MN 140 - Dhātuvibhangasutta - The Exposition of the Elements
“His deliverance, being founded upon truth, is unshakeable. For that is false, bhikkhu, which has a deceptive nature, and that is true which has an undeceptive nature—Nibbāna. Therefore a bhikkhu possessing this truth possesses the supreme foundation of truth. For this, bhikkhu, is the supreme noble truth, namely, Nibbāna, which has an undeceptive nature. …
Bhikkhu, ‘I am’ is a conceiving; ‘I am this’ is a conceiving; ‘I shall be’ is a conceiving; ‘I shall not be’ is a conceiving; ‘I shall be possessed of form’ is a conceiving; ‘I shall be formless’ is a conceiving; ‘I shall be percipient’ is a conceiving; ‘I shall be non-percipient’ is a conceiving; ‘I shall be neither-percipient-nor-non-percipient’ is a conceiving. Conceiving is a disease, conceiving is a tumour, conceiving is a dart. By overcoming all conceivings, bhikkhu, one is called a sage at peace. And the sage at peace is not born, does not age, does not die; he is not shaken and does not yearn. For there is nothing present in him by which he might be born. Not being born, how could he age? Not ageing, how could he die? Not dying, how could he be shaken? Not being shaken, why should he yearn?”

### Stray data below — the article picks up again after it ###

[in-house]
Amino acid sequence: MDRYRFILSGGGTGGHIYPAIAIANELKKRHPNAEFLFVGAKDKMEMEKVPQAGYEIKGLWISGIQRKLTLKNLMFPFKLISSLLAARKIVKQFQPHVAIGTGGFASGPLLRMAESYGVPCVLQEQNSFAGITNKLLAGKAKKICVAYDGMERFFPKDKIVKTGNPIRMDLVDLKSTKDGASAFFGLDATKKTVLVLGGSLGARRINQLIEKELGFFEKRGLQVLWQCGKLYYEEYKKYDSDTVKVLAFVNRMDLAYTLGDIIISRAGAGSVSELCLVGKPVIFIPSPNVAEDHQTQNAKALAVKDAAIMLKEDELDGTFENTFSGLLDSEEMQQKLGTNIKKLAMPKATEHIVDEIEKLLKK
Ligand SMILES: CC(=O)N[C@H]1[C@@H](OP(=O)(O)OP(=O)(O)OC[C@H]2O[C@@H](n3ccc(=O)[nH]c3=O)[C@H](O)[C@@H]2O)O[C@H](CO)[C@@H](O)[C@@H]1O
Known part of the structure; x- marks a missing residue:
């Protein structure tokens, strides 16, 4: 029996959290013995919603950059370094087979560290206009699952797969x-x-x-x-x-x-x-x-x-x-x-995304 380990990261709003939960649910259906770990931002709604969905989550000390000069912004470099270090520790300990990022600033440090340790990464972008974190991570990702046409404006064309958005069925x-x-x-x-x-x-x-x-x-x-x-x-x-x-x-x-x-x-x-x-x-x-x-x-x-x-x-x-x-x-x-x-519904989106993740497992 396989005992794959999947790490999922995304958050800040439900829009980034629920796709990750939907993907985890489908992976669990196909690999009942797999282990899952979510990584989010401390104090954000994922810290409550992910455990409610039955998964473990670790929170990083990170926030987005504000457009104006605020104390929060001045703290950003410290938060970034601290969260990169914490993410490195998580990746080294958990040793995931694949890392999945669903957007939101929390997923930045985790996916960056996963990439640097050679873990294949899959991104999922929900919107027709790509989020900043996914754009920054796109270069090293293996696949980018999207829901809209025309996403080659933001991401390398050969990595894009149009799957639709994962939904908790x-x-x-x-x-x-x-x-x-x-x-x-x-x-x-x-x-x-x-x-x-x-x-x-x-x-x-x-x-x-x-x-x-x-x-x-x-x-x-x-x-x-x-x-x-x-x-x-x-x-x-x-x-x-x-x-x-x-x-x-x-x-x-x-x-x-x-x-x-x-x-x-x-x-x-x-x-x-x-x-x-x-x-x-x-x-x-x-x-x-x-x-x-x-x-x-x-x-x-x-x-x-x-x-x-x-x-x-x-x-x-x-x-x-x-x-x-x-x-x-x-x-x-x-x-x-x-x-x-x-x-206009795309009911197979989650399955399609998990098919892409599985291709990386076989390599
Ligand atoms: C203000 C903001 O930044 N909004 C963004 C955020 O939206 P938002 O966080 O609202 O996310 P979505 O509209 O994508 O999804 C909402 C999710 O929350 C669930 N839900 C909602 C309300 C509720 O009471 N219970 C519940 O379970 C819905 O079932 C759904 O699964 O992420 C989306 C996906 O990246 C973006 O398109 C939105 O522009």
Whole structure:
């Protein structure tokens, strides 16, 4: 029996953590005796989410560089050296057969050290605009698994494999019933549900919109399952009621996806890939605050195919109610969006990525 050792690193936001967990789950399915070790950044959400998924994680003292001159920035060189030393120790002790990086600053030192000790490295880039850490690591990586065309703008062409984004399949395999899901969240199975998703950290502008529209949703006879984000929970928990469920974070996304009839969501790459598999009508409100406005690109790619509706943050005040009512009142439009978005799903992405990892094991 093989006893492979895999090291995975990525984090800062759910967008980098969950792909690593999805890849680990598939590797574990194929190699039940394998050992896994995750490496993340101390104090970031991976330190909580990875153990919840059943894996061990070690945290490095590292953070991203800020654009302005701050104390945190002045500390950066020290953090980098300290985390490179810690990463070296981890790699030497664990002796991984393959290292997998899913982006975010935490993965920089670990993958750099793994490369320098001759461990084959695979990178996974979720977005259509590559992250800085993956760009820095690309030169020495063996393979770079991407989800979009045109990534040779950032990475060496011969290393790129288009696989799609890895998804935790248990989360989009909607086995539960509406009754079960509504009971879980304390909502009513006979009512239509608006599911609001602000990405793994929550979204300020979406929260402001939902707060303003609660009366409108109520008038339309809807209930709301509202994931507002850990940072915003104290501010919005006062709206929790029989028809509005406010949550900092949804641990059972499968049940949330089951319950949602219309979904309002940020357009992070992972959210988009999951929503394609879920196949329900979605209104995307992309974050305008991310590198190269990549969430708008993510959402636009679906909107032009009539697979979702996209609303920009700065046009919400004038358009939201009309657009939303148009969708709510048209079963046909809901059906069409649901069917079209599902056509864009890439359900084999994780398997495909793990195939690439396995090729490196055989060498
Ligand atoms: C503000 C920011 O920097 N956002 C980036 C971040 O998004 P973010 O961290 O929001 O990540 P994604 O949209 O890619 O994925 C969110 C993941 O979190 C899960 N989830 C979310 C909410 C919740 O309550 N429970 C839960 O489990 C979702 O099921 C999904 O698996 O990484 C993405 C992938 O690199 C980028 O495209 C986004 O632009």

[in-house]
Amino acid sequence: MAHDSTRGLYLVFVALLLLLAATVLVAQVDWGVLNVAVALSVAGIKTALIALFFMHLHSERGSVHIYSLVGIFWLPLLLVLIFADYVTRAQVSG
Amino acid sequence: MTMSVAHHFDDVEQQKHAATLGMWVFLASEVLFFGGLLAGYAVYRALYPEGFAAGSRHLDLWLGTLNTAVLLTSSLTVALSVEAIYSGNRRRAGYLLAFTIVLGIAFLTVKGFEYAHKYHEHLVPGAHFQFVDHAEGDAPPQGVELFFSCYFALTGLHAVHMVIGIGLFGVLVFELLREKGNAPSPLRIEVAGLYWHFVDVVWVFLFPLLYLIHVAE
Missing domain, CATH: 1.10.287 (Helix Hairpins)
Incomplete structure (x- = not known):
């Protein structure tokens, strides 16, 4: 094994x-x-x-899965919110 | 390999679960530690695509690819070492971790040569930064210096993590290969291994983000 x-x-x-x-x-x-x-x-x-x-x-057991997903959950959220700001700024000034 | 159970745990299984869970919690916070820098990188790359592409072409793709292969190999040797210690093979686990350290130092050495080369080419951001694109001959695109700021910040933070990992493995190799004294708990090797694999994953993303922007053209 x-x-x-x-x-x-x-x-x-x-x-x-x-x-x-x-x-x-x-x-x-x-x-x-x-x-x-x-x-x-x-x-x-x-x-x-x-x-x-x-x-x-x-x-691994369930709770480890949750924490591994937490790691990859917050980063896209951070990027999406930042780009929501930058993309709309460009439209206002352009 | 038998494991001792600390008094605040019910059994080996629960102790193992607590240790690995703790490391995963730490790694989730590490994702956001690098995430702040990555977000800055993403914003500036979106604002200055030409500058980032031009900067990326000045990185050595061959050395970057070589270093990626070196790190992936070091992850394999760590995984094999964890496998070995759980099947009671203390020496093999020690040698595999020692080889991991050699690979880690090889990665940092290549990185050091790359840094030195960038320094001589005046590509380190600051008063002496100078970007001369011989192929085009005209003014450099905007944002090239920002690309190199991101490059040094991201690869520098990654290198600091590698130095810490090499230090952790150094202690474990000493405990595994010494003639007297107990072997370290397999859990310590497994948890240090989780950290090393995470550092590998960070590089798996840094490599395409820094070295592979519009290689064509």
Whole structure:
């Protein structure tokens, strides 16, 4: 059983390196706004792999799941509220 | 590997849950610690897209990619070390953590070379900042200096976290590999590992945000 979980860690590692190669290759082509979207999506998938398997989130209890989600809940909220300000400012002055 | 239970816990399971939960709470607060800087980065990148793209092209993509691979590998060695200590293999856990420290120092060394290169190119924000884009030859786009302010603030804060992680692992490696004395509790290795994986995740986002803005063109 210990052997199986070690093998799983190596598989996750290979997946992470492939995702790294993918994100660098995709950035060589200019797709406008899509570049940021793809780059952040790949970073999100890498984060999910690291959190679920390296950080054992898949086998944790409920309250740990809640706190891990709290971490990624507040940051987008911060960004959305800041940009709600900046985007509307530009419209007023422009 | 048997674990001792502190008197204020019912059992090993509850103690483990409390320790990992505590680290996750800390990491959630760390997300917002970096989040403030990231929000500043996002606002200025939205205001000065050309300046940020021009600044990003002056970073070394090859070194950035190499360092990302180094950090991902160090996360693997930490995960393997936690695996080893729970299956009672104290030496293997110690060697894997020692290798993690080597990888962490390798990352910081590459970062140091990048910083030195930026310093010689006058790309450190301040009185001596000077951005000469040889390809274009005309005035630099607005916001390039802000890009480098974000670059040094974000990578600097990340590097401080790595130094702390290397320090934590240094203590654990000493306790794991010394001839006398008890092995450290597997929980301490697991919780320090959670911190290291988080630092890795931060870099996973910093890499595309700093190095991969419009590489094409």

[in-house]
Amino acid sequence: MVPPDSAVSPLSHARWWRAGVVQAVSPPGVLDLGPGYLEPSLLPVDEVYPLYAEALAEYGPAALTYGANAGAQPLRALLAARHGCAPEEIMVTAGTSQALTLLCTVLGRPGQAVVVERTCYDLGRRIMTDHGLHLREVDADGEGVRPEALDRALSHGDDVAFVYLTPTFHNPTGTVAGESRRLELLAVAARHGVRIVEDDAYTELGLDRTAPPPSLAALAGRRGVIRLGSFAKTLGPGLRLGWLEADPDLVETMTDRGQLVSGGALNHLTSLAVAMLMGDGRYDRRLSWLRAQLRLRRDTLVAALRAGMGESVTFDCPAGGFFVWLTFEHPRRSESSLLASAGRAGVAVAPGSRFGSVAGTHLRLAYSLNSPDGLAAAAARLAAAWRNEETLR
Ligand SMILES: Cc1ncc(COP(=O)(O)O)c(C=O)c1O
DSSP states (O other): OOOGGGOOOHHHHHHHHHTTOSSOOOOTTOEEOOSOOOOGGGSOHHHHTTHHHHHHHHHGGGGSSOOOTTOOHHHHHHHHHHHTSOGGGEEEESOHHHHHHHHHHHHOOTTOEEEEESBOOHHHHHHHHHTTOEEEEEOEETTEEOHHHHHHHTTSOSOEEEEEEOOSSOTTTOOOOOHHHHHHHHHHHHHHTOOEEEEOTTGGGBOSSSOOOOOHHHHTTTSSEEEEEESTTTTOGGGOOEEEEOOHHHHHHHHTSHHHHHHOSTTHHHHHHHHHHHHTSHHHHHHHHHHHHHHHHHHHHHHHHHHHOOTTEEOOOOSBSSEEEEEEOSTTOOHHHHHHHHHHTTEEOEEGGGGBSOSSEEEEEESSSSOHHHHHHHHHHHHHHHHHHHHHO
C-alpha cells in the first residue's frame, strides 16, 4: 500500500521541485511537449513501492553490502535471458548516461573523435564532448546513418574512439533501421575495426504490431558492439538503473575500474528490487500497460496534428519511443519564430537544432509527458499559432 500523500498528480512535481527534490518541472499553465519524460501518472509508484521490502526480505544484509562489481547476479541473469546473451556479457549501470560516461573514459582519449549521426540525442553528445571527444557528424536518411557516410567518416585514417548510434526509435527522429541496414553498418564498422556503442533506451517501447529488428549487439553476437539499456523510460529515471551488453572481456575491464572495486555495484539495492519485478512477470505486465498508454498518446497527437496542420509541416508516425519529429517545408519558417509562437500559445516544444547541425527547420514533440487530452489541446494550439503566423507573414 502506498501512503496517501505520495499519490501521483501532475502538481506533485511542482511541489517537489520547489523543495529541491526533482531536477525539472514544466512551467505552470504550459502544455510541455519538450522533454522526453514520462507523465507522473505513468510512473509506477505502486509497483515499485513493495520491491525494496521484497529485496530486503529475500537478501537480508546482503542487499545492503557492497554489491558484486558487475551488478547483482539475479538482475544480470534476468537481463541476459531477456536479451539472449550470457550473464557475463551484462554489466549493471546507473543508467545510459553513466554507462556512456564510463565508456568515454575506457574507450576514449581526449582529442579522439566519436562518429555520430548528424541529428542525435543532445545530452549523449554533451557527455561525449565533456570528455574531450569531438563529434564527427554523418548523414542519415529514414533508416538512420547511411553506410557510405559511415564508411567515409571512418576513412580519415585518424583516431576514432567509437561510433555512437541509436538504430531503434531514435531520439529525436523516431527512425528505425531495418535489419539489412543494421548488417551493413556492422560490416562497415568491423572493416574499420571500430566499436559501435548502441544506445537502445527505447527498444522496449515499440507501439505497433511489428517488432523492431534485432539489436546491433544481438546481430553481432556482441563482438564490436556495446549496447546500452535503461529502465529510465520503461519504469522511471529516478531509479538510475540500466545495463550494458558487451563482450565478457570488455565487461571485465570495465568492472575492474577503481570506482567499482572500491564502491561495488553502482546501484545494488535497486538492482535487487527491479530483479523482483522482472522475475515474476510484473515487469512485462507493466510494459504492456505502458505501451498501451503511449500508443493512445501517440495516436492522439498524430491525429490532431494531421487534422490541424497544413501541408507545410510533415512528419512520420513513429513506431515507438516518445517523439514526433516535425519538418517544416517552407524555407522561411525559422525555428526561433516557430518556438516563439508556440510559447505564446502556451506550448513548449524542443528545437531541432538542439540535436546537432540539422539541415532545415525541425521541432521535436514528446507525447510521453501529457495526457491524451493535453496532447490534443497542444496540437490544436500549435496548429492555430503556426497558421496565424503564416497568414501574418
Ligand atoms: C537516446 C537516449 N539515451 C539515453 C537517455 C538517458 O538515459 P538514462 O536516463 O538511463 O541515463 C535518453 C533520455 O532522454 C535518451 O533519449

“So it was with reference to this that it was said: ‘The tides of conceiving do not sweep over one who stands upon these foundations, and when the tides of conceiving no longer sweep over him he is called a sage at peace.’ Bhikkhu, bear in mind this brief exposition of the six elements.”